Budget a sign teachers made point, some say

Ecker's spending proposal seeks nearly $228 million

Some credit work-to-rule action

Plan calls for more staff, computers and pay raises

Carroll County

January 26, 2003|By Jennifer McMenamin | Jennifer McMenamin,SUN STAFF

When John Leister joined a quiet protest at Oklahoma Road Middle School four months ago, the 32-year teaching veteran wanted his concerns to be heard and his workload lightened.

So he stopped coming to work early, and he stopped staying late. And like many of his colleagues, he took fewer papers home to grade.

Now, Leister and other teachers have received a signal that the Carroll County school system's first work-to-rule protest in two decades might have brought about change.

Even as union officials say that the organized job action appears to have run its course, Superintendent Charles I. Ecker has unveiled a budget proposal that includes millions of dollars to replace outdated computers, carve out more planning time for elementary school teachers and hire more clerical assistants -- all demands from disgruntled teachers.

"This doesn't seem like we're being handed the same old stuff with this budget," Leister said last week. "This is actually action being taken."

There clearly is not enough money to pay for everything in Ecker's $227.8 million spending plan. Acting county budget director Ted Zaleski told school board members last week that they can expect about $5.6 million less than Ecker has requested from county government.

But for some teachers and union officials, the inclusion of the teachers' requests -- even at this early stage of a five-month budget process -- was the strongest indication yet that the administration is intent on addressing some of the issues that sparked the job action.

"It will be a long-term process to see if we've really gotten deep-down changes made or just lip service," said Ralph Blevins, a veteran social studies teacher at North Carroll Middle School. "But it does seem, at least to some degree, that we were heard."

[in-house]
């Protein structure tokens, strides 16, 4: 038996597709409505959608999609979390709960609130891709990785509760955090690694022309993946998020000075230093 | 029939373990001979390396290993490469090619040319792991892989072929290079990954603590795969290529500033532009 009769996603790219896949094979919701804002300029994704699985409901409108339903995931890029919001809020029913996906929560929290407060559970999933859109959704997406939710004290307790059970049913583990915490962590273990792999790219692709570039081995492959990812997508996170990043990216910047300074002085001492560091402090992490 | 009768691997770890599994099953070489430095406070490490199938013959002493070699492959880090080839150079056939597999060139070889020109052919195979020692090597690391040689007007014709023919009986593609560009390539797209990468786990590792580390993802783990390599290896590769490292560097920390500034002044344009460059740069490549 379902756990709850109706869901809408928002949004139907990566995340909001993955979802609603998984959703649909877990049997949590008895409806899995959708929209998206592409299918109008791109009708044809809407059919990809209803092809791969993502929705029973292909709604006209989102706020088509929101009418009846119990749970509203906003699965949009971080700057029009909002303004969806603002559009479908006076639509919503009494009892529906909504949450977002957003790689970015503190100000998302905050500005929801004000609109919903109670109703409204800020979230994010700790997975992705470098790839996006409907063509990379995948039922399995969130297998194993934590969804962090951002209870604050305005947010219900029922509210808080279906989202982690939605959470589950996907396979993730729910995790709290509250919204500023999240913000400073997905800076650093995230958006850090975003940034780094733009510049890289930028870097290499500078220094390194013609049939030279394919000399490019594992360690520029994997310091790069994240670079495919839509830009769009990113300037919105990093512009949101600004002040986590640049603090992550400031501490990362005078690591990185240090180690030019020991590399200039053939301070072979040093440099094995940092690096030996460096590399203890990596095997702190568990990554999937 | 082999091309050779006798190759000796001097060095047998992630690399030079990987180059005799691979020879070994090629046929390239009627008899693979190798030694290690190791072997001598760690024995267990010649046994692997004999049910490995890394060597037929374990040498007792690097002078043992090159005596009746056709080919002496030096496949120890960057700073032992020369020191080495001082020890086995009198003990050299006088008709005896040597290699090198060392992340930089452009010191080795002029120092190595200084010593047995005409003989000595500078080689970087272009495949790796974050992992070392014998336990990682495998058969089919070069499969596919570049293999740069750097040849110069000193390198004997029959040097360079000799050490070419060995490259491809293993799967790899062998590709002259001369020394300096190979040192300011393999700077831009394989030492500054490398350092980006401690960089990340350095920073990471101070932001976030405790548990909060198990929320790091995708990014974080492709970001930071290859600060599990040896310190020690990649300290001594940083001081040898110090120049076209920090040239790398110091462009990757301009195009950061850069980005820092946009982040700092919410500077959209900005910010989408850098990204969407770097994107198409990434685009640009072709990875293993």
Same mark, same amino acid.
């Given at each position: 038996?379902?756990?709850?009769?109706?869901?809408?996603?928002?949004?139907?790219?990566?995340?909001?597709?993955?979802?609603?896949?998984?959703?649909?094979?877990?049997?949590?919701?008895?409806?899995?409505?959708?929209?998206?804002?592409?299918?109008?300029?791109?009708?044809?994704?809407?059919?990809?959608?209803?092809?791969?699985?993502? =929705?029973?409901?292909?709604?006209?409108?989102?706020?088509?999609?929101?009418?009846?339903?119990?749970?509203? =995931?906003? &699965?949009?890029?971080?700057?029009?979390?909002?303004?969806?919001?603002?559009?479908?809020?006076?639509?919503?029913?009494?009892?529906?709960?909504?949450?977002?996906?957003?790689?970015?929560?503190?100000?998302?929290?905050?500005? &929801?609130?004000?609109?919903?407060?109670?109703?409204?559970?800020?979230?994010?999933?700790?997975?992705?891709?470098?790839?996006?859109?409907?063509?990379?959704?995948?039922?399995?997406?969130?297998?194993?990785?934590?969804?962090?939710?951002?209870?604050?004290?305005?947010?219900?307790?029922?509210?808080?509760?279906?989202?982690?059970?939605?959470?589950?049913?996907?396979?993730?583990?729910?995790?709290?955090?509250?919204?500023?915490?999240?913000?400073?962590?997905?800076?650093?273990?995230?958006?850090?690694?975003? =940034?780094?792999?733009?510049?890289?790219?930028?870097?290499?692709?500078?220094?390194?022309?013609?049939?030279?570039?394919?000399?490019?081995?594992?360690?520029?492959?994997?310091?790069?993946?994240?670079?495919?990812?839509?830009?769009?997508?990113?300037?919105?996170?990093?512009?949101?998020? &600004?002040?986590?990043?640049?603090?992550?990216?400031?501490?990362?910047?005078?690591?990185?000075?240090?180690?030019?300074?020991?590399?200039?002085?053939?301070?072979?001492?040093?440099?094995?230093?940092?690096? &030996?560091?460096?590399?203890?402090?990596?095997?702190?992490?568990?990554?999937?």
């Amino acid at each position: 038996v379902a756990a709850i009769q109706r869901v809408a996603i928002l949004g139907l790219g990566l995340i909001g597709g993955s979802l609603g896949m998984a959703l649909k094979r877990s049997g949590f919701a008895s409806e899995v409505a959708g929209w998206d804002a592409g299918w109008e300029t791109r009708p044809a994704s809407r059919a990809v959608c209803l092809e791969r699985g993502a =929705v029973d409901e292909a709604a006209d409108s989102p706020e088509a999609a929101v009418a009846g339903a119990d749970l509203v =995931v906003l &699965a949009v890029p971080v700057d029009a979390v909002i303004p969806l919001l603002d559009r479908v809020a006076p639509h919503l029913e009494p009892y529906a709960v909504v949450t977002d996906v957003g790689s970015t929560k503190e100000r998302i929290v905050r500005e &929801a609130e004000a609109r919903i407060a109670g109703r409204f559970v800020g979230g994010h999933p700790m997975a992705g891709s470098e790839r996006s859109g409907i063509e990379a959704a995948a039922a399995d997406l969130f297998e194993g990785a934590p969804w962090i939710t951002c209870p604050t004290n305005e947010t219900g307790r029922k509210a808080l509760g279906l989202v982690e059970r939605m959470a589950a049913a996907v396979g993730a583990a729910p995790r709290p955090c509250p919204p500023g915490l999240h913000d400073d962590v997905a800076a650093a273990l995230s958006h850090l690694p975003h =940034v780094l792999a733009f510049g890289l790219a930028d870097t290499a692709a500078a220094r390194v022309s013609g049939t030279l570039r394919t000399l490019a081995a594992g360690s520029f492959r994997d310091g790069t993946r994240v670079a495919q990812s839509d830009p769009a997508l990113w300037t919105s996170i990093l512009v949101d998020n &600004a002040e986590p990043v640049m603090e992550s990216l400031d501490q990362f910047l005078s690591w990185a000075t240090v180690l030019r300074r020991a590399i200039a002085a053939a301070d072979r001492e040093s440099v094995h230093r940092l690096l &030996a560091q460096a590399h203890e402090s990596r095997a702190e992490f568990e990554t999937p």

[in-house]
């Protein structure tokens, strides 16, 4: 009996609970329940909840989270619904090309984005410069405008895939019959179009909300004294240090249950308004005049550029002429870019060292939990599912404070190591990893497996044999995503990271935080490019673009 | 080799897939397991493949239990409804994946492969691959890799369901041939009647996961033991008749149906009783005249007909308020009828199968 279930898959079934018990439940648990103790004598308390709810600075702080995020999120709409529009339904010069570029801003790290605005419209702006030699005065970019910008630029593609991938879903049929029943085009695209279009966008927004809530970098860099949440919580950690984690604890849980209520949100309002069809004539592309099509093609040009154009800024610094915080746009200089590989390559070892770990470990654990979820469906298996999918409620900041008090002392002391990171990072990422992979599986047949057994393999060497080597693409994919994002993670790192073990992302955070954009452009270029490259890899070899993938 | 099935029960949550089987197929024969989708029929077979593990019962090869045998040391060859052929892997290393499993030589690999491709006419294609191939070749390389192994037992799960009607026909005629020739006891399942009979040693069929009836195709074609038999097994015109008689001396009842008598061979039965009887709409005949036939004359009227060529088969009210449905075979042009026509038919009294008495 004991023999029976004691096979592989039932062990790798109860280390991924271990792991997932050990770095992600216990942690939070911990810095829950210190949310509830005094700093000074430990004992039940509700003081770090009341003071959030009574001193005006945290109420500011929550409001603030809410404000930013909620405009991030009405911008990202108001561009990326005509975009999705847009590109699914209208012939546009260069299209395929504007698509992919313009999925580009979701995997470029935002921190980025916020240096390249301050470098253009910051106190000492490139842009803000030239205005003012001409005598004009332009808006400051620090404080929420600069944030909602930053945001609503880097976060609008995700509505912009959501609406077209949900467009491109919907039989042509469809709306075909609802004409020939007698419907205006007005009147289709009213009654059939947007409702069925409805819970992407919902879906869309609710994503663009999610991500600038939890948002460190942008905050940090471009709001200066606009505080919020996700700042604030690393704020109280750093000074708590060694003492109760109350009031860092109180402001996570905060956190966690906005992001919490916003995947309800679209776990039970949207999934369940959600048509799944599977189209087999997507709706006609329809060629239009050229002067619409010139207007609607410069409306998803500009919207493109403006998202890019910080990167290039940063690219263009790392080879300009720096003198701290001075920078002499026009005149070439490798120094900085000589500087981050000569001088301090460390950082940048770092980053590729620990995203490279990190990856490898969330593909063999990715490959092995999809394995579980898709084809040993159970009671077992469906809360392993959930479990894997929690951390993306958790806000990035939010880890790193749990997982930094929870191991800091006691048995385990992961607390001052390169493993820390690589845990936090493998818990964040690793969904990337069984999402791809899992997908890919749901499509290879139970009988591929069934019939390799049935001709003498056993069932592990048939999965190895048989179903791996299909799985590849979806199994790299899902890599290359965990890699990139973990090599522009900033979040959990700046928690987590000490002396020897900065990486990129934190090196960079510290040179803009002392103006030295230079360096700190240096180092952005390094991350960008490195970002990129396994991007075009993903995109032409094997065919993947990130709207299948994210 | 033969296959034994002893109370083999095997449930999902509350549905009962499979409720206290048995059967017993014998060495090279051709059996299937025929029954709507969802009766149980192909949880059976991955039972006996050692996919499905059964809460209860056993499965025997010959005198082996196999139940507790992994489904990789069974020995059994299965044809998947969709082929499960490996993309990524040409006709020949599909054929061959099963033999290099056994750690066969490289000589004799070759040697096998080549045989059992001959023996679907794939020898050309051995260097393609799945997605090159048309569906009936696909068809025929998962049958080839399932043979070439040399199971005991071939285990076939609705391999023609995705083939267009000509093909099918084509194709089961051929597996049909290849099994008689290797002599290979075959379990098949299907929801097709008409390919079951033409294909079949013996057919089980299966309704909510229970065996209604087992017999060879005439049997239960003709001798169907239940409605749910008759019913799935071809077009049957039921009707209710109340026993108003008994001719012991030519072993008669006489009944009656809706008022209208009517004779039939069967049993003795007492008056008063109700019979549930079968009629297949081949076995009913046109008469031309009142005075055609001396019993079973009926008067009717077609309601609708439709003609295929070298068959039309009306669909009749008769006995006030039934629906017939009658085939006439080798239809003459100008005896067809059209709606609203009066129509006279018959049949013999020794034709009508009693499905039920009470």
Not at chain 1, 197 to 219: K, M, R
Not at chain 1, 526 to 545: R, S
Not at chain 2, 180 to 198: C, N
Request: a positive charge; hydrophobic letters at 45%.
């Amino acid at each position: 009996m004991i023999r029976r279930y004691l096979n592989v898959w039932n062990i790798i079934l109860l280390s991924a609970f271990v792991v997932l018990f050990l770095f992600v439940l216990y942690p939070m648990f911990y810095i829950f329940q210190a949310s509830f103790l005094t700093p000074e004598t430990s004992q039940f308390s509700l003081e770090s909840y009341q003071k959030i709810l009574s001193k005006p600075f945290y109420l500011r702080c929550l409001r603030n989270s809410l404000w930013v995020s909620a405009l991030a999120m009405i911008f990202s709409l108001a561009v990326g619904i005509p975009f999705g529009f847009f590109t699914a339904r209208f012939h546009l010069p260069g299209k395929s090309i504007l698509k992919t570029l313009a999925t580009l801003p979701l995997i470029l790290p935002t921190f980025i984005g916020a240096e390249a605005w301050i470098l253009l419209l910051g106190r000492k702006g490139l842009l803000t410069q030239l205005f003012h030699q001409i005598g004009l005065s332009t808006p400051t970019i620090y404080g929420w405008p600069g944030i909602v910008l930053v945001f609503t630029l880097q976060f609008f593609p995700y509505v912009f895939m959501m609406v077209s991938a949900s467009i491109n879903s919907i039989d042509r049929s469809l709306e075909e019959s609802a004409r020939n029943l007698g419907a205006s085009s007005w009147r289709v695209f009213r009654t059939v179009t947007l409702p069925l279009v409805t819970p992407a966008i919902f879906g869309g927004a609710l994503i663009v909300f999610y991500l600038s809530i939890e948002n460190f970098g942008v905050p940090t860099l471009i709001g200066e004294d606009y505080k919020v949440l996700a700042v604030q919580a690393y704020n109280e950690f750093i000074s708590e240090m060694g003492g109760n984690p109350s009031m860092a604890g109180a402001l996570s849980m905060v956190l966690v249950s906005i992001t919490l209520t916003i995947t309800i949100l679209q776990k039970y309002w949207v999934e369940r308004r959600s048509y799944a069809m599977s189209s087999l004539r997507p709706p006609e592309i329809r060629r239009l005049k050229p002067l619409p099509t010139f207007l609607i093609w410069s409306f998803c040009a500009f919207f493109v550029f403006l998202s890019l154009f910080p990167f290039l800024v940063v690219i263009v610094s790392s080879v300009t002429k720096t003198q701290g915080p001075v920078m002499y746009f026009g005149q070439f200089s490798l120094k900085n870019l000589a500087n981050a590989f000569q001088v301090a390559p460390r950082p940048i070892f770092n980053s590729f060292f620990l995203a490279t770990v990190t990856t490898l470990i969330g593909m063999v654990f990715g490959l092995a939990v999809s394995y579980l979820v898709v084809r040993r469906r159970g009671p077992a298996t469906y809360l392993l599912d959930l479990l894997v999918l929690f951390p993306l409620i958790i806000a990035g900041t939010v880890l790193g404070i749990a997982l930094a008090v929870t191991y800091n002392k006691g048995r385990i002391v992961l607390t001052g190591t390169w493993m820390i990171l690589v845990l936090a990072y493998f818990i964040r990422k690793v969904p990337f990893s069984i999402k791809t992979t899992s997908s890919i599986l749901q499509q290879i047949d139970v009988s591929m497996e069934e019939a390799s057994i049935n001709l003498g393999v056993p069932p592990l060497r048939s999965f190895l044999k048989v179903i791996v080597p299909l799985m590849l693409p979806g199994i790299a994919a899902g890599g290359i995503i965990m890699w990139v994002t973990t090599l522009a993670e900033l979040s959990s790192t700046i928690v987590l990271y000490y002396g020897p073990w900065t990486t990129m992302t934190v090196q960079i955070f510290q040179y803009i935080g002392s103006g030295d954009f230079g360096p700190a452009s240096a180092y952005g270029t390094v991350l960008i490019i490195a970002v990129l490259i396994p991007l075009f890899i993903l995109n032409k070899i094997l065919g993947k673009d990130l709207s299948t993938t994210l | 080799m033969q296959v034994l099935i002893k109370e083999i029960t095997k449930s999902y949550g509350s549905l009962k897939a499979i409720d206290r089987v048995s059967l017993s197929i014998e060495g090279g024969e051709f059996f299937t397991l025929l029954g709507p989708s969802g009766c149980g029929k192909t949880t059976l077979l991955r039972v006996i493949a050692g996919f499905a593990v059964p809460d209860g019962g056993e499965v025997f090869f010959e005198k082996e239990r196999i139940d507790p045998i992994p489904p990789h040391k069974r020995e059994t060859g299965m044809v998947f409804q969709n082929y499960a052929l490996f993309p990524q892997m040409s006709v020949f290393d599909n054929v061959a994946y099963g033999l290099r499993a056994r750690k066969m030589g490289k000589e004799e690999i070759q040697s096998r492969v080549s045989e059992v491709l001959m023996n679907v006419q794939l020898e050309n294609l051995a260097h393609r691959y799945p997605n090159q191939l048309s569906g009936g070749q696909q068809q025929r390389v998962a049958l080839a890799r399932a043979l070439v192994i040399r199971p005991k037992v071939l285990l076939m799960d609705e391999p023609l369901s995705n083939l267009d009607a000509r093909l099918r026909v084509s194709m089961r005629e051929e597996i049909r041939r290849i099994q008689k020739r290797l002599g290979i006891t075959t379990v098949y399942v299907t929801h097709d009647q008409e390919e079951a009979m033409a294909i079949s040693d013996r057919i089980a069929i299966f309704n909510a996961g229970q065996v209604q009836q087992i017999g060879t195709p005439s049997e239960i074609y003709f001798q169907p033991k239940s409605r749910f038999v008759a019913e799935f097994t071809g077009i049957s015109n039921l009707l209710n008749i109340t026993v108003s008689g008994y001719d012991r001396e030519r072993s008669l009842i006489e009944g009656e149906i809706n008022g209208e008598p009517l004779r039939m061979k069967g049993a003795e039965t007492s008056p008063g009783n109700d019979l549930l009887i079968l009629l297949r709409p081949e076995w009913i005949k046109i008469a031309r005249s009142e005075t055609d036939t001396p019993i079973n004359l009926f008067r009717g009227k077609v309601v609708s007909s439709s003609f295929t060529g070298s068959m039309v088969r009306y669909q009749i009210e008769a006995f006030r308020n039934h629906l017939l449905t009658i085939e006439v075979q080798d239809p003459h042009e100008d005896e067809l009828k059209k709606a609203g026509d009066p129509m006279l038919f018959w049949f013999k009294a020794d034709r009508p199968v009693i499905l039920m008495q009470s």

That was no accident, school officials said.

After teachers and administrators on a task force appointed after the job action listed recommendations for improving working conditions for teachers, Ecker issued a written response.

"There were a lot of words," Leister said, "but we didn't know how much backbone it had."

When Ecker began forming his budget request, he asked administrators in every department of the 28,000-student system to submit wish lists. The result was an exhaustive compilation of new positions and programs that exceeded the school system's anticipated budget by about $21 million.

"Internally, we pared away the things that weren't given the highest priority and deemed the most essential," said Stephen Guthrie, the school district's assistant superintendent for administration. "We used the written response [Ecker] gave the teacher task force as a guide as to what was essential."

Breakdown of funds

That meant that $1.3 million stayed in the budget request to replace school computers that teachers complained were outdated and unusable. The $186,000 to standardize the school system's computer software and to computerize elementary report cards -- both of which teachers had requested -- made the cut. And $253,000 remained to hire five technicians to repair computers more quickly than the one- to two-month waiting period of which teachers complained.

It meant that $308,000 was preserved to fill 17 clerical positions to take care of some of the administrative paperwork that teachers said was clogging up their day. It meant that $254,000 remained to hire seven health instructors who would take up some work from elementary school teachers and allow them more planning time.

And $545,000 survived to hire 15 classroom teachers to keep up with increasing student enrollments without forcing larger classes -- and more work -- on each teacher.

Other proposals among the task force's 47 suggestions were analyzed and cast aside, Guthrie said. Among them was a $330,000 recommendation to run more bus routes to give teachers an extra 15 minutes of paid time before students arrive in the morning.

School officials said they chose this process in crafting the budget proposal to recognize the relative importance that teachers placed on different issues.

"That task force was representative of teachers at large, and they brought these things to the table that they said they needed to successfully ... provide the best education possible for the students of Carroll County," Guthrie said.

Also included in Ecker's spending plan is $6.2 million for staff salary increases, which would honor the second year of two-year contracts with the five unions representing the district's 2,800 employees. Teachers agreed to the equivalent of a 4 percent raise over two years, after nearly a year of contentious contract talks.

Officials in the teachers union maintained that teachers' pay was not the leading cause of the work-to-rule protest.

Baltimore Sun Articles
Please note the green-lined linked article text has been applied commercially without any involvement from our newsroom editors, reporters or any other editorial staff.